Hookworm disease: nutritional implications.

E. P. Variyam, J. G. Banwell

Research output: Contribution to journalReview articlepeer-review

13 Scopus citations


Iron-deficiency anemia resulting from intestinal blood loss is the major consequence of hookworm infection. Development of the anemia can be prevented, and it can be treated by administration of iron. Hypoproteinemia, often associated with hookworm infection, may be the result of either protein malnutrition or increased intestinal loss of protein. It is unlikely that the worms cause diffuse morphologic or functional alterations of the intestine. Fortification or supplementation with iron is a practical method to control hookworm disease in endemic areas.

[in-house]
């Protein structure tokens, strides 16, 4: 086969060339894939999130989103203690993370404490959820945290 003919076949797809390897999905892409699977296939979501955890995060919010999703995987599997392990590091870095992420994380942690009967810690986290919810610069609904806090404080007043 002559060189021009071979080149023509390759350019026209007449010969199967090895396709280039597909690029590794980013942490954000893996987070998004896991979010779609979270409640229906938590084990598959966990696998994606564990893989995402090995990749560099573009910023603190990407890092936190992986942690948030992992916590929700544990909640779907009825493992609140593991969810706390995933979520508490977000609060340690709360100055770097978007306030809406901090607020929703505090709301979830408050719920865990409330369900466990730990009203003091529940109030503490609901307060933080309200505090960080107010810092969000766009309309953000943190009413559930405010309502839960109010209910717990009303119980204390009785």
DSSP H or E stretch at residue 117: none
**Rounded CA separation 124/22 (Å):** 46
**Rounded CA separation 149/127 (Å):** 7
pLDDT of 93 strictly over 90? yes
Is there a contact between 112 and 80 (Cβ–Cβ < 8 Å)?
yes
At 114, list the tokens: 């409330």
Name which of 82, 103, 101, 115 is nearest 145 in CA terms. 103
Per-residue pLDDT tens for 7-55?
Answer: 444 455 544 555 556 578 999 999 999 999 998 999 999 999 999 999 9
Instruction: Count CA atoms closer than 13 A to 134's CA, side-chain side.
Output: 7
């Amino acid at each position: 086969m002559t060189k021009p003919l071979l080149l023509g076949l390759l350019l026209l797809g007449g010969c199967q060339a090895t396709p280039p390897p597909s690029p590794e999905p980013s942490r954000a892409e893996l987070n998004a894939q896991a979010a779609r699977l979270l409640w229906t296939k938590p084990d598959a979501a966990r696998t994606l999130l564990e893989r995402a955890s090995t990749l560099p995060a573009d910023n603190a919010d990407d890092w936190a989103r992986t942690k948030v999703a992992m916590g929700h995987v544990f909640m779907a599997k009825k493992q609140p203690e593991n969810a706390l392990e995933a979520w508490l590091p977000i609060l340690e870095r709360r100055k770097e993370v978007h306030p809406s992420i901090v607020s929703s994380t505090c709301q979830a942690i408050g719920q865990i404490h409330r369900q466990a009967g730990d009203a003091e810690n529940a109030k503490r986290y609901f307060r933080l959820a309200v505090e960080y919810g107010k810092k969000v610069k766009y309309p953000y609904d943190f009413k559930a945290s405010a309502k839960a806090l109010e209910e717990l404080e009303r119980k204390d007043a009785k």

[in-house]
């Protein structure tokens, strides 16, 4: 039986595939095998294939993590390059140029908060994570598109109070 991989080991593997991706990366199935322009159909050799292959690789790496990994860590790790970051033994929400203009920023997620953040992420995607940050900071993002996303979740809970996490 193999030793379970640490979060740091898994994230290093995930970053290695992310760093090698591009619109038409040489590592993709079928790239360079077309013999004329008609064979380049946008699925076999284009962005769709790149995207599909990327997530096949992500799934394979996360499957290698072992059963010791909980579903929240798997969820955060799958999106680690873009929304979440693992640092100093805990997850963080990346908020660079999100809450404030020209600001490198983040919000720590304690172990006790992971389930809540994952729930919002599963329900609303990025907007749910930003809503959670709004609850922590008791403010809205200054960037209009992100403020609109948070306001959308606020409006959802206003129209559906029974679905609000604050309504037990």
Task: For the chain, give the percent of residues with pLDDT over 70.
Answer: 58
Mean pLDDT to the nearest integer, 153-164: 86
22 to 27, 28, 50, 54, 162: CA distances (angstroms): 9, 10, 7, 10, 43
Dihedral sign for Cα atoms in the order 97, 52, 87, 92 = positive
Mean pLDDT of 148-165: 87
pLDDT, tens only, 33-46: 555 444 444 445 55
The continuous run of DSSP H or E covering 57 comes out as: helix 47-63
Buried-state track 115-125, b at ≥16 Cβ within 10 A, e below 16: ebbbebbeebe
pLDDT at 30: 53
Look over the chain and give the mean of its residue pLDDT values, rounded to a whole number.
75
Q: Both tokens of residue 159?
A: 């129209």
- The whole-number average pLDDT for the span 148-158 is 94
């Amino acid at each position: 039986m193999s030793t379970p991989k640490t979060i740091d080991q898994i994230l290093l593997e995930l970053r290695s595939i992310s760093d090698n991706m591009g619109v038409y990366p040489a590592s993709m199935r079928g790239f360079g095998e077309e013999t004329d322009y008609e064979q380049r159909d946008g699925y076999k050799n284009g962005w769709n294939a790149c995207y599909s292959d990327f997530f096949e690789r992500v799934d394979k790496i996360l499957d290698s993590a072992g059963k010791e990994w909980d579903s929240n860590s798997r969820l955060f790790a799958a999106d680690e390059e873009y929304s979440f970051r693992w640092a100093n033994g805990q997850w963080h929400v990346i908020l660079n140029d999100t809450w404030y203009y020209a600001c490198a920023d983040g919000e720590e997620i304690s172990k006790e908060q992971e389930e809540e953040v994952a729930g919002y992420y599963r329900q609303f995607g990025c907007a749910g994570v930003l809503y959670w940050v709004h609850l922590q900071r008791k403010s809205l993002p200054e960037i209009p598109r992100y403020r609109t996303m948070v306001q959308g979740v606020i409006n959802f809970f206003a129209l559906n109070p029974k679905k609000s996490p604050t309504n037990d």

Original languageEnglish (US)
Pages (from-to)830-835
Number of pages6
JournalReviews of infectious diseases
Issue number4
StatePublished - 1982
Externally publishedYes

ASJC Scopus subject areas

  • Microbiology (medical)


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